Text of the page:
Sunday, May 18, 2008

Intellectualizing Emotions

My wife and I noticed something interesting about the way we sometimes interact. Tirah may, at times, not be feeling loved by me. And I can't understand why, because after-all, I'm still married to her aren't I? Tirah might even question me and ask: "Do you love me?" and I might respond with confusion and say, "Of course, I'll always love you." Both of us leave the interaction feeling unsatisfied.

So what's really going on here? Well, we discovered that I (and I'm assuming all men struggle with this) tend to intellectualize emotions. This is how my brain is built. For me it is a FACT that I'll always love my wife. But for Tirah, she doesn't want it to be about facts, she wants it to be about emotions. Her initial question could be rephrased: "Are you feeling in love with me?" My response could be (very honestly): "I hadn't really thought about it."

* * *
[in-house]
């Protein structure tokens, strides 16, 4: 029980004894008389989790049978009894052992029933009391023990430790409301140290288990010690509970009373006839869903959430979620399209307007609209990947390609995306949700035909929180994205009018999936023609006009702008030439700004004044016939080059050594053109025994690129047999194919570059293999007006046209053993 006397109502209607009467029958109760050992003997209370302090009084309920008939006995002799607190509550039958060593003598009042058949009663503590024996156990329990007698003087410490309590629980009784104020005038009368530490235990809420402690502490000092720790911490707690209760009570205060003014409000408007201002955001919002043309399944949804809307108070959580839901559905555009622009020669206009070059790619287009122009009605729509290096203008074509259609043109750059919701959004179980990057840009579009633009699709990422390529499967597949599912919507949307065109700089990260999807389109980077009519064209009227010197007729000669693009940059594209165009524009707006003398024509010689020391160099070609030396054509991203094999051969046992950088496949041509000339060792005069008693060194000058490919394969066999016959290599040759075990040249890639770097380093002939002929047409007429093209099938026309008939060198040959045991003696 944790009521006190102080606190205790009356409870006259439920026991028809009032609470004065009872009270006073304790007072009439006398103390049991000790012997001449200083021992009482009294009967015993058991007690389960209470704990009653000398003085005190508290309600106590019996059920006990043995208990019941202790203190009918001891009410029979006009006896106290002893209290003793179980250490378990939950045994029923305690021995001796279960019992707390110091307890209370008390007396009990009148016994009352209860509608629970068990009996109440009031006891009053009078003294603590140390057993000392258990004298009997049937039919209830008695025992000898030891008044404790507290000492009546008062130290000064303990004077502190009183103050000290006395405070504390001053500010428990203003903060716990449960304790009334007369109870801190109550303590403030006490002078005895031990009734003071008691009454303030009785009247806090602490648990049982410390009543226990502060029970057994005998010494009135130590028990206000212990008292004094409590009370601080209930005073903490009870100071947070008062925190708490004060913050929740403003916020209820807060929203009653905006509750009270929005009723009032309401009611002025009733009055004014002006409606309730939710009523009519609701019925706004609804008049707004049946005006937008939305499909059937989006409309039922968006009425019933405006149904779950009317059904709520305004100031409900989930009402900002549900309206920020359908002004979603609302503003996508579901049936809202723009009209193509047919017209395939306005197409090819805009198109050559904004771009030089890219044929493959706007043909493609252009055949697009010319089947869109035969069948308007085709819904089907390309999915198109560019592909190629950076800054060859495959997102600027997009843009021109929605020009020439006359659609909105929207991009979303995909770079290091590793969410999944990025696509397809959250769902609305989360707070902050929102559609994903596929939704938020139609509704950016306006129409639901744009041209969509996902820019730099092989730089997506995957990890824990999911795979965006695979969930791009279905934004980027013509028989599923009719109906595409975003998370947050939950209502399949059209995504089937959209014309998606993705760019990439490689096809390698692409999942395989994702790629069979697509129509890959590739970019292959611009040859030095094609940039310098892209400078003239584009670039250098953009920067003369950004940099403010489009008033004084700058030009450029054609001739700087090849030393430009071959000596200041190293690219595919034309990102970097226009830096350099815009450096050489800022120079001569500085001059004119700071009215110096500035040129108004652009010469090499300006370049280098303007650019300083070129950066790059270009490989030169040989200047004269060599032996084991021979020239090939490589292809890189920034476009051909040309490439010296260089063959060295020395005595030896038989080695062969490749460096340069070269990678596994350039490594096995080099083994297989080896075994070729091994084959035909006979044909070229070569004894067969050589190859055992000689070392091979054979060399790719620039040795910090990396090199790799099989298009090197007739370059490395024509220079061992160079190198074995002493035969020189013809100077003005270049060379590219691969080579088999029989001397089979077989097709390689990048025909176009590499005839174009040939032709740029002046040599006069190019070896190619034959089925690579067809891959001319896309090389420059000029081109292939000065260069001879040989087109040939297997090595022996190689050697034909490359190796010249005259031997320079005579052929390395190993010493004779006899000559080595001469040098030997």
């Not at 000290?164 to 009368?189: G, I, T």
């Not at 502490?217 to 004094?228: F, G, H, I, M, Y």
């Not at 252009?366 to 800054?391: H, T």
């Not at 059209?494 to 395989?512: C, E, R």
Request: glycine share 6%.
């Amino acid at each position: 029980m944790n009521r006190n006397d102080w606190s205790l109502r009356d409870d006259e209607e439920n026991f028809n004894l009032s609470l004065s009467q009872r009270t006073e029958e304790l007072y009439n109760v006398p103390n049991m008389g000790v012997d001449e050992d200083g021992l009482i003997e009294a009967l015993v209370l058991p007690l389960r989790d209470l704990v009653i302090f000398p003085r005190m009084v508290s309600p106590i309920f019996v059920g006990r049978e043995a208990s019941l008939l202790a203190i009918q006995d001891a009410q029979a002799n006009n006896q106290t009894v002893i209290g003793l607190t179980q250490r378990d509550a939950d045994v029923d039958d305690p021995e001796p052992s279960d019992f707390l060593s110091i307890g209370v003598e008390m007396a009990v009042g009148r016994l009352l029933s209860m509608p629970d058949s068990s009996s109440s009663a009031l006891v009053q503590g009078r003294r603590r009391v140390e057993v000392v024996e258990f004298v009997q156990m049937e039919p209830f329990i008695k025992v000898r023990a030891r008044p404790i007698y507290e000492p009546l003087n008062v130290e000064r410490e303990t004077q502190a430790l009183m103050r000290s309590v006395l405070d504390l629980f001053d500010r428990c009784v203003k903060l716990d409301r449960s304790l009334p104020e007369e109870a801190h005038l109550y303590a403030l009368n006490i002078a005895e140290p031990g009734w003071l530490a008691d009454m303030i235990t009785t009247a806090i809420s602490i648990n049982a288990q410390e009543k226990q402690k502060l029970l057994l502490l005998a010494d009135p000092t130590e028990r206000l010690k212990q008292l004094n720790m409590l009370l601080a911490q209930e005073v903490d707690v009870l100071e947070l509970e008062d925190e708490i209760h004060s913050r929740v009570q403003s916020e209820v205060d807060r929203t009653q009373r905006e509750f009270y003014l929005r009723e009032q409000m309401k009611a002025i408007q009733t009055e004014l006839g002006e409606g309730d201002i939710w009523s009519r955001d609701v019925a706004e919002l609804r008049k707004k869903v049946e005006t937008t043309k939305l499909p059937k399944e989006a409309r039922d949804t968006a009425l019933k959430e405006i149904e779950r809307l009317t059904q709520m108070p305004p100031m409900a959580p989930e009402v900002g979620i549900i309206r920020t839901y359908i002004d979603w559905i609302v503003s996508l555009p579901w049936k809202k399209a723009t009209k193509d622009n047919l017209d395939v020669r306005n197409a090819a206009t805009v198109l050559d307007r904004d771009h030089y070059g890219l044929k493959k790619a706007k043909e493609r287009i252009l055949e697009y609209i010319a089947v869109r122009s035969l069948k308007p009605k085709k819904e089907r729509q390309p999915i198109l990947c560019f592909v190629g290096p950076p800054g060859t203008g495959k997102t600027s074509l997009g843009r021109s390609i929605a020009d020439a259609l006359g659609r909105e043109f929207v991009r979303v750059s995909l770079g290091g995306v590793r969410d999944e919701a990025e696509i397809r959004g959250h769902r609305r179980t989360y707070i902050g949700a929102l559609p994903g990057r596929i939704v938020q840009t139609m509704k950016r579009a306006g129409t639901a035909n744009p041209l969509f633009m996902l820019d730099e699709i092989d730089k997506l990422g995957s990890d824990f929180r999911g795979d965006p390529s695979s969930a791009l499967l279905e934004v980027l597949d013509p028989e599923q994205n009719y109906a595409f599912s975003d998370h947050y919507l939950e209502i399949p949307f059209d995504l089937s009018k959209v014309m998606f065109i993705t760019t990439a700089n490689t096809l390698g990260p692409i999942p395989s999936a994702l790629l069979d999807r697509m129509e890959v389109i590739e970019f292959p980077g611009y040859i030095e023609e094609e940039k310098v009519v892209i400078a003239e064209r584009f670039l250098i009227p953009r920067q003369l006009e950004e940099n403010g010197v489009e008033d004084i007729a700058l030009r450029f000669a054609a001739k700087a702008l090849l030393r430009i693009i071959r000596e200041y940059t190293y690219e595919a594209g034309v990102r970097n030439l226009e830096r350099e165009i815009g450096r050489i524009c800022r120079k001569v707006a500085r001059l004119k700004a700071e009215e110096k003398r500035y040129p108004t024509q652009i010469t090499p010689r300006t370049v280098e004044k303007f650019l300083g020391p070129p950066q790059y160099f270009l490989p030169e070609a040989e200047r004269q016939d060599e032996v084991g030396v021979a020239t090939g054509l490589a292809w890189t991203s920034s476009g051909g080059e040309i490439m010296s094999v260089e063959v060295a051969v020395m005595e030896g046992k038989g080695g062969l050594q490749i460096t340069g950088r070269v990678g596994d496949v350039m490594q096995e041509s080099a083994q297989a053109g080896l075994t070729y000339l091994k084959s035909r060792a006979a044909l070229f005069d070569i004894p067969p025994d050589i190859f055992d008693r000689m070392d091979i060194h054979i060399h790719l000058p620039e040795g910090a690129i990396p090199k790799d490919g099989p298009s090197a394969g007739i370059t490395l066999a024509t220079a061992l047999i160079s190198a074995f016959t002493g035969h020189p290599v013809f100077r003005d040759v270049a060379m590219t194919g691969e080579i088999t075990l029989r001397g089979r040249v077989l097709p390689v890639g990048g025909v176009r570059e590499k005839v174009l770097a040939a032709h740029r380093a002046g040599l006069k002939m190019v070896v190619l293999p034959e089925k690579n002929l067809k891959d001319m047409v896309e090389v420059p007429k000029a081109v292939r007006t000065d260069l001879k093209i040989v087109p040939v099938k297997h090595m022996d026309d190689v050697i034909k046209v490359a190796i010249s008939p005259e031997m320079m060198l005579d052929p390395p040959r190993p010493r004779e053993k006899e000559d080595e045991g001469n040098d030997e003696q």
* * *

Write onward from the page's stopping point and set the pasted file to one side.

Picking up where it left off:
I think it's important for husbands and wives to recognize that we tend to think about love in very different ways: Men tend to think about love intellectually, while women tend to feel it emotionally. Understanding this can help us to avoid arguments, because we can be more understanding of what our partner thinks, feels, and needs.

I can learn to be more aware of how I feel, and express those emotions to Tirah. And I can also learn to say "I love you" more to her; because even though to me it might feel redundant, to Tirah it's good maintenance for our marriage.

And Tirah can learn to remember that I don't tend to think about my emotions as much as, or as thoroughly as she does. She can learn to remember that even though I might not say it or express it as often as she would like, I do still genuinely love her.

Learning to understand each other's native languages is an invaluable tool for maintaining love in marriage.

1 comment:

Enobong said...

Just received inspiration to study the subject of emotions in marriage. Your article served as a right appetizer.